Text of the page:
~ Chapter 2 ~ Music – The Sound and the Unsound


“A thought-provoking look at humanity’s most influential form of expression, MUSIC  – The Sound and the Unsound

Music

THE SOUND

AND THE

UNSOUND

 

C H A P T E R  T W O

WHAT THE BIBLE TEACHES US ABOUT MUSIC

“A human has to worship. You have to worship something. It’s just in you to worship.” 6

The Bible tells us that the Lord finds pleasure in the praises of His people. There are over 500 specific references in the Bible to music and musical instruments7 – evidence that this is not a subject that God treats lightly. As a matter of fact, the lengthiest book in the Bible is a song book, and it is here that God demonstrates His concern for the kind of music that His children enjoy and perform by providing this example for us to follow:  The Book of Psalms.

The collection of 150 poems that make up the Book of Psalms mirrors the ideals of religious piety and communion with God. They were written by David, Moses (Psalm 90), Solomon,Asaph (David’s choir leader), the sons of Korah (a family of official musicians), and others, for the express purpose of being set to music for worship. They even include musical notations to indicate when key changes are to be made. For example, the instruction selah, meaning “to modulate to the next key,” appears 71 times in the Book of Psalms and is not normally articulated when Scripture is being read aloud.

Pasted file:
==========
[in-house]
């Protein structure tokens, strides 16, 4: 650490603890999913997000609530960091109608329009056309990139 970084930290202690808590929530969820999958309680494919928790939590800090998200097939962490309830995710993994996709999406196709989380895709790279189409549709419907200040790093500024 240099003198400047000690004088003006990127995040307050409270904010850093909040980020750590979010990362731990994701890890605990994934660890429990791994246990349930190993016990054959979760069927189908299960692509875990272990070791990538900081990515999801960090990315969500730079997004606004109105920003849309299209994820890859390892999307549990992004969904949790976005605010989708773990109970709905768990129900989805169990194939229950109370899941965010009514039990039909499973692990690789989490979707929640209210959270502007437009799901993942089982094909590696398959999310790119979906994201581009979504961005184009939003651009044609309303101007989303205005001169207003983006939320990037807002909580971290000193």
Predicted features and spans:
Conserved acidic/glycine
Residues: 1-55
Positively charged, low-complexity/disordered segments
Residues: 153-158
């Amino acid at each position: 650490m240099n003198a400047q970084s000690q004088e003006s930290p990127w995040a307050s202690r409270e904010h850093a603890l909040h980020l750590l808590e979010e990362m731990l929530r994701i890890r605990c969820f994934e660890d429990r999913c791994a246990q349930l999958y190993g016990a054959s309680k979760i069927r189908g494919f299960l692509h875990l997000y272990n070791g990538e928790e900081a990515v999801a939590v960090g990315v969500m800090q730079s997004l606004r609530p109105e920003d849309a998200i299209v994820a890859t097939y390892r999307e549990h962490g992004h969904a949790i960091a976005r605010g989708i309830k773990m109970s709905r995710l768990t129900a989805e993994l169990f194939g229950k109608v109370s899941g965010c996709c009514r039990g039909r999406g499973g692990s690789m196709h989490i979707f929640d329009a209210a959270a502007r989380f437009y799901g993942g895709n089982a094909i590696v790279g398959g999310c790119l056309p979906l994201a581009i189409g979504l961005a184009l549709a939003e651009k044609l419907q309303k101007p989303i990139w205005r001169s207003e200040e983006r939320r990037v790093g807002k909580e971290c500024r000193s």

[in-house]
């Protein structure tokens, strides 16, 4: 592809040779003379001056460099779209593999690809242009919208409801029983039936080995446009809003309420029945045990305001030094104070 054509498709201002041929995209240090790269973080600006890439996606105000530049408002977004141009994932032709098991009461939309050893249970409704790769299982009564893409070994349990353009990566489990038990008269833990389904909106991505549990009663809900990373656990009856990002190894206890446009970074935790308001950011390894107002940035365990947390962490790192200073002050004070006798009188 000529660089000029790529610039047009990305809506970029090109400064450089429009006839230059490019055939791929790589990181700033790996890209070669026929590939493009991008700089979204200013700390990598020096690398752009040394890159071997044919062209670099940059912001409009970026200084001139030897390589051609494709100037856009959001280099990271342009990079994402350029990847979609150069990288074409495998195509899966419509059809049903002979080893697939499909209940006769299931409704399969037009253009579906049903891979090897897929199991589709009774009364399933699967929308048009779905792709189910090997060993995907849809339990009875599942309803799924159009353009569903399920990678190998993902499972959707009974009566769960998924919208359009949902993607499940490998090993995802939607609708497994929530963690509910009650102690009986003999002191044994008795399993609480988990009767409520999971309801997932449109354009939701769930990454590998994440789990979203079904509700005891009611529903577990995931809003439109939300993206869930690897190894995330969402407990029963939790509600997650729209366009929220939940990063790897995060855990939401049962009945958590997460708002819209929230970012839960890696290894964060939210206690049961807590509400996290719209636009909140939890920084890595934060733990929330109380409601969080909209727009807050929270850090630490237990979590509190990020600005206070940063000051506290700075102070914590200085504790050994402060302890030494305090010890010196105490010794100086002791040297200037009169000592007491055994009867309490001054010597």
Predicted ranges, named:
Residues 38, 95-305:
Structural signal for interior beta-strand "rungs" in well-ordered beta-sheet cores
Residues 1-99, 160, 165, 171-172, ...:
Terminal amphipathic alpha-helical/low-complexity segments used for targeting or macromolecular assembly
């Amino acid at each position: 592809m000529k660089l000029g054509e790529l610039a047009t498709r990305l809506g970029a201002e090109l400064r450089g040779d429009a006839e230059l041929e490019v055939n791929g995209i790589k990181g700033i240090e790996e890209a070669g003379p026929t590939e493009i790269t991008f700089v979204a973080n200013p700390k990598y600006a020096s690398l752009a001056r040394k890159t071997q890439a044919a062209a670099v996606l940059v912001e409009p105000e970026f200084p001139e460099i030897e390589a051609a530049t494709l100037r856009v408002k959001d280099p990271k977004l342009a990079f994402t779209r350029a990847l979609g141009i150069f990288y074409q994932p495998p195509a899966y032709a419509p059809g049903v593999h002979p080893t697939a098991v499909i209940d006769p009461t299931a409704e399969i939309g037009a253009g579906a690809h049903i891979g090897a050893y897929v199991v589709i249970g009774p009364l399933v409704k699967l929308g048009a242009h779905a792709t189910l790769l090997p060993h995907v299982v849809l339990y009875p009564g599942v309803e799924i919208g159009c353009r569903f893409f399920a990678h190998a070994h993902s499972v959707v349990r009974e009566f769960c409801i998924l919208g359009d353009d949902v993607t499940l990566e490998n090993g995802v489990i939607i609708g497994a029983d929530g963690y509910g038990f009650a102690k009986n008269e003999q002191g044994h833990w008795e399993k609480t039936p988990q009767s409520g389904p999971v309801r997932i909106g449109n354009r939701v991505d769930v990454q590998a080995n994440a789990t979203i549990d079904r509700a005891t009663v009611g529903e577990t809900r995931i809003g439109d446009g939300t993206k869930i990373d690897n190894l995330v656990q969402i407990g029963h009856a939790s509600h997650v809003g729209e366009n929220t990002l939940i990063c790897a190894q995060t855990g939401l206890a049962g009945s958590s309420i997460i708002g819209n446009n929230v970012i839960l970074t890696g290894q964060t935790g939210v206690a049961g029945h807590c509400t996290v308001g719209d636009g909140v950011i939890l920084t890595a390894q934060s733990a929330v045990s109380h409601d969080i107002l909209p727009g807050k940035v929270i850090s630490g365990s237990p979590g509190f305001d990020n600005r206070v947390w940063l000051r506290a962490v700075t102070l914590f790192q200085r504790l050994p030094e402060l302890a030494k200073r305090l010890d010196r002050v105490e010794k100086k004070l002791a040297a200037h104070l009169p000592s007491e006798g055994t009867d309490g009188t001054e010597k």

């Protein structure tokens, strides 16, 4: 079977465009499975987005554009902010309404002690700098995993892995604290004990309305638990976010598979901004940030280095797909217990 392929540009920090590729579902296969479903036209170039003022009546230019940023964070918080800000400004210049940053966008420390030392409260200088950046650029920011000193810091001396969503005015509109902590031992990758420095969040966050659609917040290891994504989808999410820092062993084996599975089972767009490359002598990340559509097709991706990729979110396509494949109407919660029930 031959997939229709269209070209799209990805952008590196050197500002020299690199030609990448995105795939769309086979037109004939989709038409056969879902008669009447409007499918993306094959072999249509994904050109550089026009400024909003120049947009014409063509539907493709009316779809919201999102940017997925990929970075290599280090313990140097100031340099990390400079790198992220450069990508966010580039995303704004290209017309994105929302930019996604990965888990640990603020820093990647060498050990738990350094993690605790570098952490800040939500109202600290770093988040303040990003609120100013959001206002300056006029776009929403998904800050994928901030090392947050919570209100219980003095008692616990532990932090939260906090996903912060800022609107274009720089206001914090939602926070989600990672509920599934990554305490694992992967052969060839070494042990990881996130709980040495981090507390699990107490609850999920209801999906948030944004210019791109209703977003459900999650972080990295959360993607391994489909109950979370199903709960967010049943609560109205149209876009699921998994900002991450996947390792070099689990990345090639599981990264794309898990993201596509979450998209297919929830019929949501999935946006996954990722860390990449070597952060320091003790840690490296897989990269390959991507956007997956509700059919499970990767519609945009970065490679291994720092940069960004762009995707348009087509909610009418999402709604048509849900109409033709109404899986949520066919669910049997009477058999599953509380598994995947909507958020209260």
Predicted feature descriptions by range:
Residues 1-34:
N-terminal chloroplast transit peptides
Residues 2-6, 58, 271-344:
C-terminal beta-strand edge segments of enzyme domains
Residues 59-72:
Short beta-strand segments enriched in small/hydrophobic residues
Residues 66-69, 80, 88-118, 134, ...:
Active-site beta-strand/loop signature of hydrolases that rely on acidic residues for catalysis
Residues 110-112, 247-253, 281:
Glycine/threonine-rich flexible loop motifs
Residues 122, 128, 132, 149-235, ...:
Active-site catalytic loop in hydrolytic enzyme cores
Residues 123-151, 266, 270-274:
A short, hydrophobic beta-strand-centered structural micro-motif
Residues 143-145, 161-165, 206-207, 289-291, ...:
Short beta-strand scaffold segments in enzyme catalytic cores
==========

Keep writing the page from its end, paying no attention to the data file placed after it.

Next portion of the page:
From the Hebrew language, Psalms translates as “Book of Praise.”  This was the prayer book that our Lord Jesus used in the synagogue service, and it was His hymn book at the Temple  festival. He used it in His teaching, met temptation with it, sang the Hallel (Psalms 115-118) from it after the Last Supper, quoted from it as He hung on the cross, and died with it on His lips.8 The Book of Psalms remains the national hymn book of Israel today.

Far from advocating a single style, Psalms range from the classical presentations, written for the temple musicians, to the simple but expressive ballads, which David composed while tending his sheep. In the Book of Psalms you will find rally songs, marching songs, victory songs, and teaching songs; there are songs of repentance, lamentation, petition, praise, renewal, and thanksgiving; there are songs for saints and songs for sinners.

The Book of Psalms has been called the door into the temple of praise and prayer, and in all ages and in more than a thousand languages, the church has found through the Psalter a means of access to God.

The Bible also shows us that man has long been aware of the effect of music upon our daily existence and its power to influence people both physically and emotionally.